Bandon on the beach

The shoreline at Bandon is generally a tall cliff.

The few places where it is low, the beach is just sand and water.

When the edge is tall, the beach gets interesting….

With these massive rocks they call islands. With smaller rocks toward shore from them, some with fantastic shapes.

All offer varying kinds of roosts for the constant ebb and flow of gulls and cormorants, and all kinds of anchors for the intertidal marine life.

All offer shade from the hot sun, and silhouettes for the setting sun.

And all offer various kinds of challenge to the ocean waves.

I hope you click on this image…in order to see all that’s going on in the details!DSC_0873

Just a bar of soap

If I’m going to take a shower, might as well use soap.

We meandered south from Bandon on a rainy day, and found ourselves back around Port Orford (remember “Ocean View” on the pavement?) just as the sun broke through!

Found a new beach to explore.

Huge rock formation at water’s edge, and we came up from behind one side. Heard the whump of waves hitting the other side, then saw spray towering over us before we even got near the other side!

Stand back, kids…this takes a professional.DSC_1277

They set a table for us

This massive rock is called an island hereabouts.

It’s named Table Rock.

On this day, a wave like this would hit the rock about every 3 or 4 minutes. When it did, the sound was a thud that could be heard for a mile.

I marvel at these waves…how they appear out of the depths near shore…the force they demonstrate when something gets in their way…and the beautiful way they display that force!

A sign on the hilltop near this feature said this shoreline used to extend almost 5 miles farther out to sea 12,000 years ago, and that these large, rocky features now off-shore exist because they have resisted the waters’ pounding.

Maybe I should marvel more at the rocks!

I hope you will click on this photo, so it will enlarge and you can better see details like the gulls seated on the table…except the ones startled by the exploding wave!DSC_0834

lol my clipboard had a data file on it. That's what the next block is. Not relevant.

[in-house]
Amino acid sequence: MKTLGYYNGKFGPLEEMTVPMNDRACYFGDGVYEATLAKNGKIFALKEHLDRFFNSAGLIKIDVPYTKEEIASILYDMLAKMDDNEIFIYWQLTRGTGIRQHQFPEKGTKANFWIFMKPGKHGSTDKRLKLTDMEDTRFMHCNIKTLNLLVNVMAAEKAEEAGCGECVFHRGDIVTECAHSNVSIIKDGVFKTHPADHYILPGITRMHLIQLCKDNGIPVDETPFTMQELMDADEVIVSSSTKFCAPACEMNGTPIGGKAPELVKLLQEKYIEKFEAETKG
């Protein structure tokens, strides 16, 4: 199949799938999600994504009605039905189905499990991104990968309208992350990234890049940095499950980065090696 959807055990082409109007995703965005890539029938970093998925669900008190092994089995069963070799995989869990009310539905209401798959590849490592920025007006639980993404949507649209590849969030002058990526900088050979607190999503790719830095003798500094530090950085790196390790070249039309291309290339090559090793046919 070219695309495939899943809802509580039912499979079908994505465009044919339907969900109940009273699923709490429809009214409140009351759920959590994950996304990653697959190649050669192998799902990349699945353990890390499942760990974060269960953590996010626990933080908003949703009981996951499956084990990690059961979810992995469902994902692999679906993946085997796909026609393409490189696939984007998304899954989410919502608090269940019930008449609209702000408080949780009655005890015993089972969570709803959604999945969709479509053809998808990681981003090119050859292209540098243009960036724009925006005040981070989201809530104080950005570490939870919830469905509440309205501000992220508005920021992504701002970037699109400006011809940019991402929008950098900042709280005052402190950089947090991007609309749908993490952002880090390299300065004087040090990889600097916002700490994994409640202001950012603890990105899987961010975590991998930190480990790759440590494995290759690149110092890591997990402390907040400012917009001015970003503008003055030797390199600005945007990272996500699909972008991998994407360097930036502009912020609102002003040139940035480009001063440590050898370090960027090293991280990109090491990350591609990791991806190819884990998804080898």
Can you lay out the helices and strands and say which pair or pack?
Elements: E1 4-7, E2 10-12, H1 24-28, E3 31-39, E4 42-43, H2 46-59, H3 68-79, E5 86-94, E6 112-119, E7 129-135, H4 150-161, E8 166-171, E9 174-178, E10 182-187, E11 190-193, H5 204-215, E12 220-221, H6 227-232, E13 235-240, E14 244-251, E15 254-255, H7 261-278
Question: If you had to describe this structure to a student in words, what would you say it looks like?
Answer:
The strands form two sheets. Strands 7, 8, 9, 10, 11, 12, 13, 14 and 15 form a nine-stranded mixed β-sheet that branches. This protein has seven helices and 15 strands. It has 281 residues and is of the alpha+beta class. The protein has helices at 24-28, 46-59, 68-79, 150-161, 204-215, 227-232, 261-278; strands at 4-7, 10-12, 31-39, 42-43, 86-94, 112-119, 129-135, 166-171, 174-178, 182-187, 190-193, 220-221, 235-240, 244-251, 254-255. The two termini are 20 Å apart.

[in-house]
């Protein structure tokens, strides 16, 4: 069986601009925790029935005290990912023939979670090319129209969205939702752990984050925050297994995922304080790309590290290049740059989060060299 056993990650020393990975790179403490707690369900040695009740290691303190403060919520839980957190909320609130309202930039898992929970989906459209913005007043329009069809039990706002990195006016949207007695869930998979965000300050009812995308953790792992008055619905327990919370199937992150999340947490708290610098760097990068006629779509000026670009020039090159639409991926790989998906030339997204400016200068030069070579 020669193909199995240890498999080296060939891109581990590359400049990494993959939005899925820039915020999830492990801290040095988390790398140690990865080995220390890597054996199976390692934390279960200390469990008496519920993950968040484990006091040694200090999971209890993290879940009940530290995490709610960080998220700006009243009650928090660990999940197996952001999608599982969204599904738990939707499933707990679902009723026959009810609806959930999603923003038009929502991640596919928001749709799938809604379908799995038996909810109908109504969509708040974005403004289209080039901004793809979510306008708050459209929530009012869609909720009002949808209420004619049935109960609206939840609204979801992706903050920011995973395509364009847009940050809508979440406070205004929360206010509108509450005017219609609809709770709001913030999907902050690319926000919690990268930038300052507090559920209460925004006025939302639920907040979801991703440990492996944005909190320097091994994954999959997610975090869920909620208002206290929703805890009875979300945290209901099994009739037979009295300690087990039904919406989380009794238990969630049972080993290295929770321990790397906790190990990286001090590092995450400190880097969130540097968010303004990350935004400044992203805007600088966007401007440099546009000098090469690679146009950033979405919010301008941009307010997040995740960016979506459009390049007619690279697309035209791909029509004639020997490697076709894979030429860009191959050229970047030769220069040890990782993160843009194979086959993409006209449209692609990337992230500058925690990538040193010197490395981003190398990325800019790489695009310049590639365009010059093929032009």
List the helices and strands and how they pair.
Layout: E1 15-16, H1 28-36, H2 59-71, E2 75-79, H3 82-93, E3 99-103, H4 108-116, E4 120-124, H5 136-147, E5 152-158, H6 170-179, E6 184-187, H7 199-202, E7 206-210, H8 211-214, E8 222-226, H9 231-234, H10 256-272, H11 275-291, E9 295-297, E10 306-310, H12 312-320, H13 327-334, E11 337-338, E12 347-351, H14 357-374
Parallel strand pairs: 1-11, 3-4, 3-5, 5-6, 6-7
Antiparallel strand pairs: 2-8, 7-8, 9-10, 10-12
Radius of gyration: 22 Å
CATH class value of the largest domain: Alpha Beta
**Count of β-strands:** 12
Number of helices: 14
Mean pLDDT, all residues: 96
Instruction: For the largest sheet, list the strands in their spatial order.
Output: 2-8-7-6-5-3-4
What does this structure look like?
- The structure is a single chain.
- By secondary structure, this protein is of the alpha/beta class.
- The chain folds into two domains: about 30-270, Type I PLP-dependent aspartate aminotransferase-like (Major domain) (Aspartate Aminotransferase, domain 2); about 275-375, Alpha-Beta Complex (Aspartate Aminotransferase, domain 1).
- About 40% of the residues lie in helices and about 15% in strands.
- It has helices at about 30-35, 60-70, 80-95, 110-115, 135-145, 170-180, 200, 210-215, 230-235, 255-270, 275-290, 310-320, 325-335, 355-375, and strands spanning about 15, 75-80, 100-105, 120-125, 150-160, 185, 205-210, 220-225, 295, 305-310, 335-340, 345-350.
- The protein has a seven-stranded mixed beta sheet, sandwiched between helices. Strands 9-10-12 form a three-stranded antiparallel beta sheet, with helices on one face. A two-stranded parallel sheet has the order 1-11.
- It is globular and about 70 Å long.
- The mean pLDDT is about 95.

Hello Bandon

Just 82 miles north of our site in Brookings, we found the perfect spot to park for the next week: Robbin’s Nest RV Park.

Our Robyn used to have a vendor’s license in Dayton for the name Robyn’s Nest….

We’re outside Bandon, Oregon, a small town whose claim to fame seems to be its shoreline, and modest waterfront just as the Coquille River empties into the Big One. And tourists.

A year ago, we passed through here and stopped at Face Rock Creamery. We’d heard raves about its herb mac and cheese, and about the size of its scoops of ice cream. They make their own cheeses and ice creams.

Oh my, the herb mac and cheese is to die for, if you can even imagine! We won’t say anything more about the ice cream, because I’ve heard it said that gluttony is a sin….

Here’s a generalized shot of a small portion of the shoreline, taken from the high hilltop paved walk at the center of town. We’ll be down on the beach at a lower tide, getting up close and personal with some of the ocean-side features in the coming days.DSC_0822

Bye, bye Brookings

We’re leaving Brookings after only a week, because we need to get up the Oregon coast for an April wedding.

But parting is such sweet sorrow!

We’ve not been able to show you nearly as much as there is to see here because we had several days of rain. This town and its shoreline could easily occupy our attention for a month!

The following photos were taken within a minute of each other, from the same spot near our coach, just shooting sort-of north then turning mostly south. The clouds overhead changed right at my spot, and the late afternoon sun was getting thwarted in odd fashion by the clouds to the north.

But I wanted to show you the waves-out-of-nowhere, the multiple sets of waves, the lengthy sandy shoreline, and the gorgeous blue sky!DSC_0769

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Lights, camera…rain

We drove north from Brookings to check out a lighthouse.